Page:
“Christian ministry often began in the schools that were established to teach. The priests, clergymen, and laymen who were first motivated toward this ministry saw no serious separation between the spiritual and secular education of deaf students. This concern arose later. However, the church’s ministry to deaf people began in the context of the school.” – Dr. Harold Noe, History of Religion Among the Deaf
The Church Mission to Deaf-Mutes came into existence in the second half of the nineteenth century. In reviewing the historiography of deaf religious history in the previous post, I suggested that deaf educational practices had an important impact on the lives of deaf people throughout this period (the first post in this series is also available). How do we characterize the relationship between religion and education and why is it particularly important in the second half of the nineteenth century for members of the Mission? Dr. Harold Noe’s History of Religion Among the Deaf provides some insight.
In this brief text, Noe describes key features in the development of a deaf ministry. Included in this work is an image entitled “History of Religion Among the Deaf”. The image expresses the deaf religious of history as a winding road and the destinations that Noe has included are quite telling. Unsurprisingly, religious scripture lay at the start of the journey. These passages mark each mention of deaf people in the bible and are commonly understood to have shaped the perception and treatment of deaf men and women. At the end of the road Noe notes the creation of different forms of religious service for deaf people. From scripture to practice, Noe suggests that deaf religious history has travelled a chronological path. Included in this history are the great ‘firsts’ of deaf education; Pedro Ponce de Leon, a Benedictine monk that taught deaf children housed at his monastery in Spain; Abbe Charles-Michel de l’Epee, founder of the National School for the Deaf in France; and Thomas H. Gallaudet, founder of the American School for the Deaf founded at Hartford, Connecticut.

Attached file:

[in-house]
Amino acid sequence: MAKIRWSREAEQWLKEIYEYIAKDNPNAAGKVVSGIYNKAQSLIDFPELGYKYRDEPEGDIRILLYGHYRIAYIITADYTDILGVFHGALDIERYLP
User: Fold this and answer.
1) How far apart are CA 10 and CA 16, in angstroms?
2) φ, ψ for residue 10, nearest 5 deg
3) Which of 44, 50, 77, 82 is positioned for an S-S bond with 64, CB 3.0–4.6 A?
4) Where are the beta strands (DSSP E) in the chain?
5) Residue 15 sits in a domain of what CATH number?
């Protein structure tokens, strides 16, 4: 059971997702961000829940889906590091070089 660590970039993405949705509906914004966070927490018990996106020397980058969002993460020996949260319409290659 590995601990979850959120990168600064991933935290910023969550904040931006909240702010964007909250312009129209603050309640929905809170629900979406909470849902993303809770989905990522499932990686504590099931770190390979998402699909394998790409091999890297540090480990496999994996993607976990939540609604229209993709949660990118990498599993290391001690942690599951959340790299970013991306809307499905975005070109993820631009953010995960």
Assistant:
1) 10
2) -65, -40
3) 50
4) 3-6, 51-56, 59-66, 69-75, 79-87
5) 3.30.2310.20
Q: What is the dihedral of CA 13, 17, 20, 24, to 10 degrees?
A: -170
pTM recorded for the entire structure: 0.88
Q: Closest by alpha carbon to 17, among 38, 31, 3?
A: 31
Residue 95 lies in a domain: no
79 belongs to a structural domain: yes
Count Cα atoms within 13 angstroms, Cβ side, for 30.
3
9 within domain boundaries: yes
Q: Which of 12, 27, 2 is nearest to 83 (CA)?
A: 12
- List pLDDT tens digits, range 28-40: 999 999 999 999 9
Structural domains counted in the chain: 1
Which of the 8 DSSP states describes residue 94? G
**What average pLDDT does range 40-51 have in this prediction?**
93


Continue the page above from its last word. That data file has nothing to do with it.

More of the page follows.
The assertion made in Noe’s picture, and the prevailing narrative of deaf religious history, is that education and religion are deeply intertwined. In many ways, these subjects are impossible to separate. The Second Great Awakening is frequently understood to be the impetus behind the growth of deaf education in the United States. From the founding of the American School for the Deaf in 1817, the character and direction of residential deaf schools in the United States reflected the cultural and philosophical concerns of Americans. In the first half of the nineteenth century, these concerns centered on the spiritual and moral lives of uneducated deaf people. Collins Stone, Superintendent of the Ohio Institution for the Deaf summarized these attitudes toward education clearly in 1848.
“We regard congenital deafness as one of the sorest calamities that can befall a human being… He knows nothing of the existence of God, of his own spirit, or of a future life… If he dies unblessed by education, he dies in this utter moral darkness, though he has lived in a Christian land; though from his youth he has frequented the temple of the true God, or daily bowed around the altar of family worship. To open the doors of his prison, and let in upon him the light of truth and the consolations of religion, is a work in which every benevolent mind must feel a deep interest.”
Stone was not alone in expressing these concerns. Douglas Baynton has clearly and concisely described the prevalence of these attitudes in his text Forbidden Signs. “At mid-century, the calamity of deafness still was ‘not that his ear is closed to the cheerful tones of the human voice’ but that the deaf person might be denied the ‘light of divine truth.’” It was these beliefs that enabled the spread of deaf education and it is unsurprising that religious leaders featured prominently in the establishment of new institutions. Between 1817 and 1850, eighteen deaf residential schools were founded, eight of these under the direction of ministers. At least three schools were established at the urging of members of the Mission.
Religion also shaped instruction at deaf residential schools. In 1873, Rev. Thomas Gallaudet, rector of St. Ann’s and General Manager of the Mission recalled that religious instruction figured prominently at his father’s school. “The pupils were brought together in the chapel, twice every Sunday, for divine worship and religious instruction, conducted in the sign language. They also had morning and evening prayers, daily, during the week.” The American School for the Deaf was the first to incorporate these practices, but the feature was soon pattered in the institutions that followed. The overlap between residential deaf schools and religious organizations was so complete that Alexander Manson’s research on Protestant Churches for the Deaf suggested “all of the Episcopalian clergy for the deaf had some teaching experience in the schools for the deaf.”